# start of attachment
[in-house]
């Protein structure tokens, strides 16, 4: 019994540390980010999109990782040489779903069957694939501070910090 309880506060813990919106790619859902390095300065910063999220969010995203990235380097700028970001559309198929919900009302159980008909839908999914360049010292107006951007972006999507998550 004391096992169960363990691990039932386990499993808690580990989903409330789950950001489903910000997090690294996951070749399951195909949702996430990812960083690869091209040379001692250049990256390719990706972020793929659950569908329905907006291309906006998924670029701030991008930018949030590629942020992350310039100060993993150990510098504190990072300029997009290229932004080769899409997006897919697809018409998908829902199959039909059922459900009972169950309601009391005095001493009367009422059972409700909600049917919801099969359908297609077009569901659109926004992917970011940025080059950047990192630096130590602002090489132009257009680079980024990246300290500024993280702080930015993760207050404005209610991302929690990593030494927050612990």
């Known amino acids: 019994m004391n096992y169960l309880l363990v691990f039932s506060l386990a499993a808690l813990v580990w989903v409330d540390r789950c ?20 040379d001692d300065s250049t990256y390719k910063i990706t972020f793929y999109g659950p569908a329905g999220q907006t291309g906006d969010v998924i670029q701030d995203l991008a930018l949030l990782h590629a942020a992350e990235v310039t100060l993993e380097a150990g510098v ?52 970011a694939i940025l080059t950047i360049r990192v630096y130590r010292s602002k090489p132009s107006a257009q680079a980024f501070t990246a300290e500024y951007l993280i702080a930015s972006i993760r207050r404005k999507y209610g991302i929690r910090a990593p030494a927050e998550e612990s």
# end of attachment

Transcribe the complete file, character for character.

[in-house]
């Protein structure tokens, strides 16, 4: 019994540390980010999109990782040489779903069957694939501070910090 309880506060813990919106790619859902390095300065910063999220969010995203990235380097700028970001559309198929919900009302159980008909839908999914360049010292107006951007972006999507998550 004391096992169960363990691990039932386990499993808690580990989903409330789950950001489903910000997090690294996951070749399951195909949702996430990812960083690869091209040379001692250049990256390719990706972020793929659950569908329905907006291309906006998924670029701030991008930018949030590629942020992350310039100060993993150990510098504190990072300029997009290229932004080769899409997006897919697809018409998908829902199959039909059922459900009972169950309601009391005095001493009367009422059972409700909600049917919801099969359908297609077009569901659109926004992917970011940025080059950047990192630096130590602002090489132009257009680079980024990246300290500024993280702080930015993760207050404005209610991302929690990593030494927050612990």
């Known amino acids: 019994m004391n096992y169960l309880l363990v691990f039932s506060l386990a499993a808690l813990v580990w989903v409330d540390r789950c ?20 040379d001692d300065s250049t990256y390719k910063i990706t972020f793929y999109g659950p569908a329905g999220q907006t291309g906006d969010v998924i670029q701030d995203l991008a930018l949030l990782h590629a942020a992350e990235v310039t100060l993993e380097a150990g510098v ?52 970011a694939i940025l080059t950047i360049r990192v630096y130590r010292s602002k090489p132009s107006a257009q680079a980024f501070t990246a300290e500024y951007l993280i702080a930015s972006i993760r207050r404005k999507y209610g991302i929690r910090a990593p030494a927050e998550e612990s």